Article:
Close

Support Global Voices

To stay independent, free, and sustainable, our community needs the help of friends and readers like you.

Donate now »

See all those languages up there? We translate Global Voices stories to make the world's citizen media available to everyone.

Learn more about Lingua Translation  »

Egyptian Bloggers on the Radio

Congratulations to Big Pharaoh and Mohammed of From Cairo With Love for their appearance on NPR today (audio is also archived on the site). NPR correspondent Eric Weiner (who I knew in Tokyo) did a nice job mixing the sound of these two bloggers reading some of their posts, I thought.

We link to both of these guys a lot. I hope they'll keep on posting… Mohammed sounds like he's got a bit of blog burnout, judging from his latest post, which is understandable. It's hard to find the right balance between blogging about life and events – and actually being engaged in them. We don't want to put pressure on him or anything, but hope he'll find the inspiration to keep talking to us, and sharing with us how the world looks through the eyes of an Egyptian blogger. We are interested and we do care.

3 comments

  • Thanks Rebecca.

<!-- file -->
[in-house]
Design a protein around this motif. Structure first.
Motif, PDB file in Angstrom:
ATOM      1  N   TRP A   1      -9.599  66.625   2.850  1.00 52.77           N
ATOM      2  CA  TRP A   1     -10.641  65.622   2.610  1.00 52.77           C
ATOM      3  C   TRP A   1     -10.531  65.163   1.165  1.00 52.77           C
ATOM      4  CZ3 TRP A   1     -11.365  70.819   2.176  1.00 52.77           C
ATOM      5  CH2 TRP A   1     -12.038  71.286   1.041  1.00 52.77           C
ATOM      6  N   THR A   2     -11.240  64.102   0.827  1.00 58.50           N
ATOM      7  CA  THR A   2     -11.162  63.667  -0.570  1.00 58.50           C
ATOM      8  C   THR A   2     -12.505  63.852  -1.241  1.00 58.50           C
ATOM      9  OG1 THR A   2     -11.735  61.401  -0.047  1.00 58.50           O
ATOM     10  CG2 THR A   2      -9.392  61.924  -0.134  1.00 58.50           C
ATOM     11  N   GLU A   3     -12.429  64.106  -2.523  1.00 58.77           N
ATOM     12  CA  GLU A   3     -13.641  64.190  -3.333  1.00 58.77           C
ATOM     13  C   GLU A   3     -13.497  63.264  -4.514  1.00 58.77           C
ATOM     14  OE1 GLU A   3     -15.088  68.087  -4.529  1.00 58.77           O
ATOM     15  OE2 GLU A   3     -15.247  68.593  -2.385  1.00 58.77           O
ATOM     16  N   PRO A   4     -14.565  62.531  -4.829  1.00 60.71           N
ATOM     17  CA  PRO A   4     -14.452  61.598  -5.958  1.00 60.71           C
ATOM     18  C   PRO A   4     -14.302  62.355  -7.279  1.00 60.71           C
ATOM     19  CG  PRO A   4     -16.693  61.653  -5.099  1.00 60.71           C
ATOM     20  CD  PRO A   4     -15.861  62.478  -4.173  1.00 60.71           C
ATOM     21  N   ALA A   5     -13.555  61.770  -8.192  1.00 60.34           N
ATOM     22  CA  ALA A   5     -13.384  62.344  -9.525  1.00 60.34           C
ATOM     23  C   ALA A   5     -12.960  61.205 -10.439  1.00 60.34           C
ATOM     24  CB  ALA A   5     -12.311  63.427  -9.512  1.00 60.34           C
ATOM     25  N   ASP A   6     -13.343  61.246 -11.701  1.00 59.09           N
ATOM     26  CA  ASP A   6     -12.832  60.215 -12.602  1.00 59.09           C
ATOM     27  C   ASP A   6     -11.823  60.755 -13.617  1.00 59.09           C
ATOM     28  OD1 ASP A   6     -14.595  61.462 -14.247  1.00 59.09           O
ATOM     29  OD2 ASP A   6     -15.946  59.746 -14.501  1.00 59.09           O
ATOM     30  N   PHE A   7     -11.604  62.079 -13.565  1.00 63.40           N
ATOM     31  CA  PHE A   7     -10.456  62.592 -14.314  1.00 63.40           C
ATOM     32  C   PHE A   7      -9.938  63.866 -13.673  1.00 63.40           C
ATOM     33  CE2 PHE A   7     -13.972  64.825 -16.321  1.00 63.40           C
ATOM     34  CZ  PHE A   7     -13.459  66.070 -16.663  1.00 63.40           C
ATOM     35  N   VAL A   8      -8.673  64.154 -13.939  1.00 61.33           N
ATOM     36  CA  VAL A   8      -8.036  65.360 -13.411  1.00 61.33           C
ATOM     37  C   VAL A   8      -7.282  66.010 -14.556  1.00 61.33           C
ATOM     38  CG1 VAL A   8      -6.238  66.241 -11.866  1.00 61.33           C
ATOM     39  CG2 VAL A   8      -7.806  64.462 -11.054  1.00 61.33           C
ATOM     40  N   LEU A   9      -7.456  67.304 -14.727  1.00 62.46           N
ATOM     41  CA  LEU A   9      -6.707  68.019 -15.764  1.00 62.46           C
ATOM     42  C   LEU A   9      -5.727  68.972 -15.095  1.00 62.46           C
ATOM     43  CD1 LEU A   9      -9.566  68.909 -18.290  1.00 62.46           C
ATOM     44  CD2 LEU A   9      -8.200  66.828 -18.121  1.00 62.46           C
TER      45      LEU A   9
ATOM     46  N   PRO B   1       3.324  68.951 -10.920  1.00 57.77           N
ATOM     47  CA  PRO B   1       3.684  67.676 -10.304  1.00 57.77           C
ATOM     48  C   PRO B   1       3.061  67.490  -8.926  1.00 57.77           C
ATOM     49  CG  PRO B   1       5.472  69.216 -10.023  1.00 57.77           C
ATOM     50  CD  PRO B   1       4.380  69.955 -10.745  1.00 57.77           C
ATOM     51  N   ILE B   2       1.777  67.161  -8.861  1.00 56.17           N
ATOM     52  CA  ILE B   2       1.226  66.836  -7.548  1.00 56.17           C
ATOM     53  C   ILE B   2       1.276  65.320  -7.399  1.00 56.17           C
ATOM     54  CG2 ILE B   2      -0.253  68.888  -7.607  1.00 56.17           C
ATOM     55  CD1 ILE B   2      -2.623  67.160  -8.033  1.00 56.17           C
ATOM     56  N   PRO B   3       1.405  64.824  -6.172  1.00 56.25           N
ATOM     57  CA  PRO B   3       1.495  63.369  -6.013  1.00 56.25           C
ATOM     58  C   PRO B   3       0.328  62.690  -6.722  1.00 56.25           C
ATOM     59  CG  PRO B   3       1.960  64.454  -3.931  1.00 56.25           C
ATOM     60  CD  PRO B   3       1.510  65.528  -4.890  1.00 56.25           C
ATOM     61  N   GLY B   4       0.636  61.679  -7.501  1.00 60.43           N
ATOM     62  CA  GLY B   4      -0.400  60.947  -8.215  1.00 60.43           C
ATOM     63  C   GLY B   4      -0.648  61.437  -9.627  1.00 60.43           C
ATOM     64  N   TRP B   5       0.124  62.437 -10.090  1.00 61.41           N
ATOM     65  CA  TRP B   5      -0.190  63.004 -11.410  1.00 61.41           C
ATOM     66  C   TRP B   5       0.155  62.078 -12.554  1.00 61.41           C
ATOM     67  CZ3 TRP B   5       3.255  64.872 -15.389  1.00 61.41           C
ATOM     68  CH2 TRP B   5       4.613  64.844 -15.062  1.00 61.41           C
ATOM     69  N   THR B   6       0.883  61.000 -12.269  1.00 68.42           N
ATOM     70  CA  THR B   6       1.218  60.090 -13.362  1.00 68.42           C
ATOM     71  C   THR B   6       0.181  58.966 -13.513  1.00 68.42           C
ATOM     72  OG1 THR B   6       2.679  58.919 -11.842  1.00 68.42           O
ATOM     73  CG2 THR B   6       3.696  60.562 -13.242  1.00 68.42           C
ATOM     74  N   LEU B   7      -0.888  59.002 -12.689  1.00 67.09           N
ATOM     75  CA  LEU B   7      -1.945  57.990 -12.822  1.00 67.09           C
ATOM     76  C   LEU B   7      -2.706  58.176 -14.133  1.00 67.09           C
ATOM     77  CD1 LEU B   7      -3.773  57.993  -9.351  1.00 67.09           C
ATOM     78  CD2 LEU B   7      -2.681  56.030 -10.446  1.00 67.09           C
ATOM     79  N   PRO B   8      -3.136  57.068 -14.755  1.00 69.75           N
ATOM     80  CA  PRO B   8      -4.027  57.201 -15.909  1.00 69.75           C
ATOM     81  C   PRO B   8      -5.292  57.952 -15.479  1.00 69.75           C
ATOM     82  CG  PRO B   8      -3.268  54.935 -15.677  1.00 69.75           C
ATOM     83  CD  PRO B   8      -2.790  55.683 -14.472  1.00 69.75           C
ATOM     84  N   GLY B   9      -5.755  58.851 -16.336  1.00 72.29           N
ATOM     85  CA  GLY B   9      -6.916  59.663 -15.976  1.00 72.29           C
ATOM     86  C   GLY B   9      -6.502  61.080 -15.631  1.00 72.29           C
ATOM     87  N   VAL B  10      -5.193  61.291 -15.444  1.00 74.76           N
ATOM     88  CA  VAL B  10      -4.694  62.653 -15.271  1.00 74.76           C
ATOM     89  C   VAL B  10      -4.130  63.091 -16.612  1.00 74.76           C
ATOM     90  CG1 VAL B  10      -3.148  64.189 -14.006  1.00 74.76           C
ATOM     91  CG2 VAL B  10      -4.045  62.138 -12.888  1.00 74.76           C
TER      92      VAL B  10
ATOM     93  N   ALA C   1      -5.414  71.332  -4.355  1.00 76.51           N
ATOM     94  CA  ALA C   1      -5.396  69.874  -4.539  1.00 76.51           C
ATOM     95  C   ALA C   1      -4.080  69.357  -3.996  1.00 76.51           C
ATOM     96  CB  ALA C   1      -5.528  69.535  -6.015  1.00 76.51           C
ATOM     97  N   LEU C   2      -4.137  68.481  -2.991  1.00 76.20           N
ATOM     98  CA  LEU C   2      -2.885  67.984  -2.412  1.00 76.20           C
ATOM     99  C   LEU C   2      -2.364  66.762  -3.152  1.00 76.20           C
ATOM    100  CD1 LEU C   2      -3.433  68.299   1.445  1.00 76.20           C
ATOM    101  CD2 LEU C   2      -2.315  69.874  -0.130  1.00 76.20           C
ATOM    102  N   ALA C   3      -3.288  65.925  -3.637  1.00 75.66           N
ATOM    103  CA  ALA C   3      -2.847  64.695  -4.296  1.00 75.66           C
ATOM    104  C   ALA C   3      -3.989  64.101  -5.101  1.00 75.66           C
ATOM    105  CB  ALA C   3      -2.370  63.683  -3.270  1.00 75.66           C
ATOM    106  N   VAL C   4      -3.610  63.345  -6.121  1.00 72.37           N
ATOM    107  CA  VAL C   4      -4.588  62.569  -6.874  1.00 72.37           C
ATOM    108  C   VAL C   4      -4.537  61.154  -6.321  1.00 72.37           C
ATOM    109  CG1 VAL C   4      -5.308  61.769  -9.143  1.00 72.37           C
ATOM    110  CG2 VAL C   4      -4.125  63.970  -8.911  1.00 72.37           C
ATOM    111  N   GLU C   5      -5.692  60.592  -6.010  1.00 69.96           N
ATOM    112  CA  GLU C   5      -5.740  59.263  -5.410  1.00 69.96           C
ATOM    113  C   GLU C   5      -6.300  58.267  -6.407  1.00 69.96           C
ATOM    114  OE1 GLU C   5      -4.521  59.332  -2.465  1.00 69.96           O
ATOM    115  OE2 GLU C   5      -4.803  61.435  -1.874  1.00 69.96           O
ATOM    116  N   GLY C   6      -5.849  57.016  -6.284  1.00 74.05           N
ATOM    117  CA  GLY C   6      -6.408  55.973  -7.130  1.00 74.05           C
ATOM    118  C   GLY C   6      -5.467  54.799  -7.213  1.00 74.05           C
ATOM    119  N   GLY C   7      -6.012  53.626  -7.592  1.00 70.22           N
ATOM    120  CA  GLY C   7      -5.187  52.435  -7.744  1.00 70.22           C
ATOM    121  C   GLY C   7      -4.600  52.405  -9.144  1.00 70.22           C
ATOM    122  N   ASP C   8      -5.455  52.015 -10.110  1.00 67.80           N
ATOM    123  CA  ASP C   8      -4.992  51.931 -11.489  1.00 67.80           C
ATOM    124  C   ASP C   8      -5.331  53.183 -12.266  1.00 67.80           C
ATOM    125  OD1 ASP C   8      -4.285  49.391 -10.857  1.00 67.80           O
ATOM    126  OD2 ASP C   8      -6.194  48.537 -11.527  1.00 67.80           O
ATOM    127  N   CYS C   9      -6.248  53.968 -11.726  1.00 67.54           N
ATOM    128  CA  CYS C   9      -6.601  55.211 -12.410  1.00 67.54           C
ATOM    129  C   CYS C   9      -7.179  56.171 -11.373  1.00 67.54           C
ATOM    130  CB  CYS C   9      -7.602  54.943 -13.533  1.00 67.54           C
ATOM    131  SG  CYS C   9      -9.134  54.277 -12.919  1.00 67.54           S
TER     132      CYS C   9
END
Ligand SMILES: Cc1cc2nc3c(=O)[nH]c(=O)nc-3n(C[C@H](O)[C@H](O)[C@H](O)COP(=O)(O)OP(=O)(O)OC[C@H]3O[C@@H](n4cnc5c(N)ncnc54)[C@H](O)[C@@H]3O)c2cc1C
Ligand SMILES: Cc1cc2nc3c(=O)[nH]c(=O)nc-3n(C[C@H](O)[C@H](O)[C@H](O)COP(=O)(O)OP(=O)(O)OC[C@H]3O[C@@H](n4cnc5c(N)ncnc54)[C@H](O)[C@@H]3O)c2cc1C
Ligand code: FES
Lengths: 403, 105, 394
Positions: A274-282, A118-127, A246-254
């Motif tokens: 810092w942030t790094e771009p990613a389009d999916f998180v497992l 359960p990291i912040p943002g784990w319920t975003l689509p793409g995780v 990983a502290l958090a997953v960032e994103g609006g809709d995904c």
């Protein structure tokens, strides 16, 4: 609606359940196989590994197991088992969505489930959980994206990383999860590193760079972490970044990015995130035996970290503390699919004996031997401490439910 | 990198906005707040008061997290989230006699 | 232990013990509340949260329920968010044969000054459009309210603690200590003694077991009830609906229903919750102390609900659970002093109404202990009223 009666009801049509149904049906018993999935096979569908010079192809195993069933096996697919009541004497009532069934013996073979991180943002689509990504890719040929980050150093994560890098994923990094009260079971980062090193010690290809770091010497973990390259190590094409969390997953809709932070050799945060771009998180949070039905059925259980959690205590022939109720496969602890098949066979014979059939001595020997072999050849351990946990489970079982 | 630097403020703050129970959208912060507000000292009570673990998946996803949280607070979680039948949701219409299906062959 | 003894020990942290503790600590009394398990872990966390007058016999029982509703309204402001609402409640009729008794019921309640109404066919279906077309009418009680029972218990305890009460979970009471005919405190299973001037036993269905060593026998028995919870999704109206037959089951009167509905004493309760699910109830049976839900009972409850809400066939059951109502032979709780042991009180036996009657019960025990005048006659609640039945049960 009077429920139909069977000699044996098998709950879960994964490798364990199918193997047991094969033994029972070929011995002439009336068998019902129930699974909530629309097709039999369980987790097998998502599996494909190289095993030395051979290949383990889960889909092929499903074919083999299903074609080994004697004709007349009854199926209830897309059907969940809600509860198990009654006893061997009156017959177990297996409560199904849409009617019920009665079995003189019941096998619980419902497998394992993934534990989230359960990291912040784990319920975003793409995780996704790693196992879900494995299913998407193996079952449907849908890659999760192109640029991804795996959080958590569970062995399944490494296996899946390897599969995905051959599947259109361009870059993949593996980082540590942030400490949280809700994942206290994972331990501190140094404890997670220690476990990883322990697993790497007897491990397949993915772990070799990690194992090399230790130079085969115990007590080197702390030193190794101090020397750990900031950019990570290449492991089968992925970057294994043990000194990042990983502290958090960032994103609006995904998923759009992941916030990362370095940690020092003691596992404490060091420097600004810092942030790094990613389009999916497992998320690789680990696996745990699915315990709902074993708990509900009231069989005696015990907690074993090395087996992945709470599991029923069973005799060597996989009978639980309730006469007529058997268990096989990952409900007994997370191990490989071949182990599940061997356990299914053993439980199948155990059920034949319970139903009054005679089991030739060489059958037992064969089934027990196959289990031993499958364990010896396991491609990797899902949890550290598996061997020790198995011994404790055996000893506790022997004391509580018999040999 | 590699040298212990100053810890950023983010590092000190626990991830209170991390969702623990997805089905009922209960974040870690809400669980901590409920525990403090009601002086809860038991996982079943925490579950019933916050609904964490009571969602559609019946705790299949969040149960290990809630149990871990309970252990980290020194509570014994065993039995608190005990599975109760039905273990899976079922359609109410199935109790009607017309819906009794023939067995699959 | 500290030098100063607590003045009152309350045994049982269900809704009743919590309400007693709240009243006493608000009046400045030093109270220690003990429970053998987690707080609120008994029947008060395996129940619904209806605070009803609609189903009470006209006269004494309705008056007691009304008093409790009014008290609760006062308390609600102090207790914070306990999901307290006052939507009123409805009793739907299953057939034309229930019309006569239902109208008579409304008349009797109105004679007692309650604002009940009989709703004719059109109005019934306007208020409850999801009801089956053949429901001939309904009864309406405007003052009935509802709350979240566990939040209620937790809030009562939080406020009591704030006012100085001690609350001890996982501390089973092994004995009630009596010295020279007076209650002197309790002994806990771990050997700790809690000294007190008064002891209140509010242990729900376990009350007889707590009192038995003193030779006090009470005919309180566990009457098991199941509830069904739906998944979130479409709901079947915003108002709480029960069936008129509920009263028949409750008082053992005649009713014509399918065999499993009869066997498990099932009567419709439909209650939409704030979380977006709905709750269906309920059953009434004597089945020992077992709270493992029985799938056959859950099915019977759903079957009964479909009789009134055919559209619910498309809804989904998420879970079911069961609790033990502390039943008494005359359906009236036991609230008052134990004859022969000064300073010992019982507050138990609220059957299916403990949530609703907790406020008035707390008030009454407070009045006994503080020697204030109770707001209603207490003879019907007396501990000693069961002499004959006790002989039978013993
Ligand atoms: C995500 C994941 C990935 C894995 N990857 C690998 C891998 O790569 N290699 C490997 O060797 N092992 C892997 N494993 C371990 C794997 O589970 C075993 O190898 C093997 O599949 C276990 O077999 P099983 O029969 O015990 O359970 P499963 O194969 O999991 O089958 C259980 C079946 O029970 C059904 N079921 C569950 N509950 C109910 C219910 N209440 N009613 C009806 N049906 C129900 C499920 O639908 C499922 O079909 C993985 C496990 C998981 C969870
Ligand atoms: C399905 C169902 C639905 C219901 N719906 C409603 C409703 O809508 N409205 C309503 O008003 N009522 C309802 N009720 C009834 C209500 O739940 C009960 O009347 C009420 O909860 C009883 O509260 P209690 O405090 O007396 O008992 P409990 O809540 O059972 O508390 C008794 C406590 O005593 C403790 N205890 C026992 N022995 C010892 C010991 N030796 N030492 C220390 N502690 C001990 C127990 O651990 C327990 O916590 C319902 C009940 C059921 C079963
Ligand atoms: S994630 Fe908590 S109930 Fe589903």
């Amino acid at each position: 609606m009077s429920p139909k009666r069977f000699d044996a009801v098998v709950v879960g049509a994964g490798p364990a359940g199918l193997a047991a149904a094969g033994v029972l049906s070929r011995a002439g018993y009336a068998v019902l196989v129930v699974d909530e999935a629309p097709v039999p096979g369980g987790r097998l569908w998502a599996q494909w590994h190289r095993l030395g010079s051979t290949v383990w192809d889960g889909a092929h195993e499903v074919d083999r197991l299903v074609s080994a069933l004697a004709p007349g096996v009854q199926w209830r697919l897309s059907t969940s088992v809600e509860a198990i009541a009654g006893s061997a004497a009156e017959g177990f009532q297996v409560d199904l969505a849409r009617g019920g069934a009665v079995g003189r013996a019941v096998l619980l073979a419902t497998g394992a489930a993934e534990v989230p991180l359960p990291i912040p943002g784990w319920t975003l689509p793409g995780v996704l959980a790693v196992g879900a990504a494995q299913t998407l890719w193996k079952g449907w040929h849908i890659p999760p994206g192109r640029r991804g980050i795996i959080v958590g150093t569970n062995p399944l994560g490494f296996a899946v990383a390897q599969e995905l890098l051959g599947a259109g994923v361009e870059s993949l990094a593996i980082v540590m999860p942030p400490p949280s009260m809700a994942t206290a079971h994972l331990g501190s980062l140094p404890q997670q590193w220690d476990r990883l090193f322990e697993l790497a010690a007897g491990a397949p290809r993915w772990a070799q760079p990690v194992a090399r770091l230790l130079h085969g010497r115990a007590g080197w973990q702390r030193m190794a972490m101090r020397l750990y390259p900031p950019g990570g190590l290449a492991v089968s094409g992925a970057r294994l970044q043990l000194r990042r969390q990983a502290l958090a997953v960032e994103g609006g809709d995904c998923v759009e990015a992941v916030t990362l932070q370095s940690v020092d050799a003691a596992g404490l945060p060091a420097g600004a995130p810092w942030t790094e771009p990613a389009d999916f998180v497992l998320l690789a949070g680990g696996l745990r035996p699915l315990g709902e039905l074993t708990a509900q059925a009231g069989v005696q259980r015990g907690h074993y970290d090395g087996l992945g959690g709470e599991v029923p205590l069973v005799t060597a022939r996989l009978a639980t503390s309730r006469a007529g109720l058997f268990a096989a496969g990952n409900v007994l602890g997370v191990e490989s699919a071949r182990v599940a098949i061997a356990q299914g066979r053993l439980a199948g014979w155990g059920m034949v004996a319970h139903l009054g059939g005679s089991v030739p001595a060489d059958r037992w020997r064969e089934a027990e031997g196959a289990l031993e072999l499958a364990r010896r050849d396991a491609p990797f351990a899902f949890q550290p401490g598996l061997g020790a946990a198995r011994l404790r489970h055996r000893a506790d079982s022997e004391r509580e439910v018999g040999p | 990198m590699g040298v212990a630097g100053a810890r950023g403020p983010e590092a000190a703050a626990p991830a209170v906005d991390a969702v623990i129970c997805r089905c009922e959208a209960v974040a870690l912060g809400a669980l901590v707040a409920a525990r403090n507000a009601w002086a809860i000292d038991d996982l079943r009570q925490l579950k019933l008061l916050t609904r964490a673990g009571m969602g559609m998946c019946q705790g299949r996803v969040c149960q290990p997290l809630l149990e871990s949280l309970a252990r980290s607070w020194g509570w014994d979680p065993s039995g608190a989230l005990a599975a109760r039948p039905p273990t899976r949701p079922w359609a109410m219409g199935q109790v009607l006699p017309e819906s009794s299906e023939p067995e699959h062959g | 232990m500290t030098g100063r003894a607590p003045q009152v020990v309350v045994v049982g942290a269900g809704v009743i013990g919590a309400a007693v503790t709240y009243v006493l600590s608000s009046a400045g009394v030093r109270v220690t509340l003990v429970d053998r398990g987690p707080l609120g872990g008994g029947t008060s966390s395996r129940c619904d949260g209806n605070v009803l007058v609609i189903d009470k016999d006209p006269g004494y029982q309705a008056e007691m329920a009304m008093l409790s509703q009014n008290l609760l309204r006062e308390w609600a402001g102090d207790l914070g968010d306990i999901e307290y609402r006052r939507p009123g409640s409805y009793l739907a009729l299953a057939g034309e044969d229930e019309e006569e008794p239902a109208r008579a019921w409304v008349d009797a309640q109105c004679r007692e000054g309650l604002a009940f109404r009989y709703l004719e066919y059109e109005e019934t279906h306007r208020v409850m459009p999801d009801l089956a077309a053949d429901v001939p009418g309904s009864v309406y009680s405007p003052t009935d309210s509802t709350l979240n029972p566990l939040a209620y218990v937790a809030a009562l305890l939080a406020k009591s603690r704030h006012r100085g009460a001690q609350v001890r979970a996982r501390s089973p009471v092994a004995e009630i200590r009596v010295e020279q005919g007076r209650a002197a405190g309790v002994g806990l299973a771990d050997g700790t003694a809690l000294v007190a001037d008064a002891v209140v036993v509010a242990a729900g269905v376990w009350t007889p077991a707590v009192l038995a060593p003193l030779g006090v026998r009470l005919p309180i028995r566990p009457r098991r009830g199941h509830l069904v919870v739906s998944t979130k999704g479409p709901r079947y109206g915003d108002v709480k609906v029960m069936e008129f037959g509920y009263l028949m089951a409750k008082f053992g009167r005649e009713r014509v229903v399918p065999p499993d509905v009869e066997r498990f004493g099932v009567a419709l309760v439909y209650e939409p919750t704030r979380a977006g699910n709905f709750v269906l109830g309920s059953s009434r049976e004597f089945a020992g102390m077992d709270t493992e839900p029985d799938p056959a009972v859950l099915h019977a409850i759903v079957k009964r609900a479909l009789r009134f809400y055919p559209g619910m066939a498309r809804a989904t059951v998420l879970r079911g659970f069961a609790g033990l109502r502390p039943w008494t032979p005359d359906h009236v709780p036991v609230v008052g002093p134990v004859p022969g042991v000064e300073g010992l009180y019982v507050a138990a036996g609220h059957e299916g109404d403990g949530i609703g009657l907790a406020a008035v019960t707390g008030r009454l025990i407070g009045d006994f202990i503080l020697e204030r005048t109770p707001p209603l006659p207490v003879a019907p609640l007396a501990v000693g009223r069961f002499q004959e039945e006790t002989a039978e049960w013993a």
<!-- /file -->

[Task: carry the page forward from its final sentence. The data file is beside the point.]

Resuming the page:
I think Eric did a good job too.

    Keep up the good work.

    Cheers.

  • […] It is, however, worth pointing out that Dery, Shirky, and Rosen have their [blogging] reputation, in part, because of their academic position. In fact, most “A-list” bloggers have impressive Curriculum Vitaes which are read from conference after conference. As an author on Global Voices I was asked to write a short biography about who I am and what I’ve done. Compared to my colleagues – former CNN correspondent, Non-profit program director, CEO, , IT company founder, and a handful of (mostly Harvard) law students – I obviously didn’t have much in comparison. But what I did write wasn’t included. Instead they came up with this. Though I haven’t asked, I assume it’s because my professional resume isn’t exactly impressive. Even in the blogosphere, image over content remains. […]

  • Categorizations and The Internet; Names as Fences – and more Questions than Answers

    Of late, I have been coming across a common theme in a lot of what I have been

Join the conversation

Authors, please log in »

Guidelines

  • All comments are reviewed by a moderator. Do not submit your comment more than once or it may be identified as spam.
  • Please treat others with respect. Comments containing hate speech, obscenity, and personal attacks will not be approved.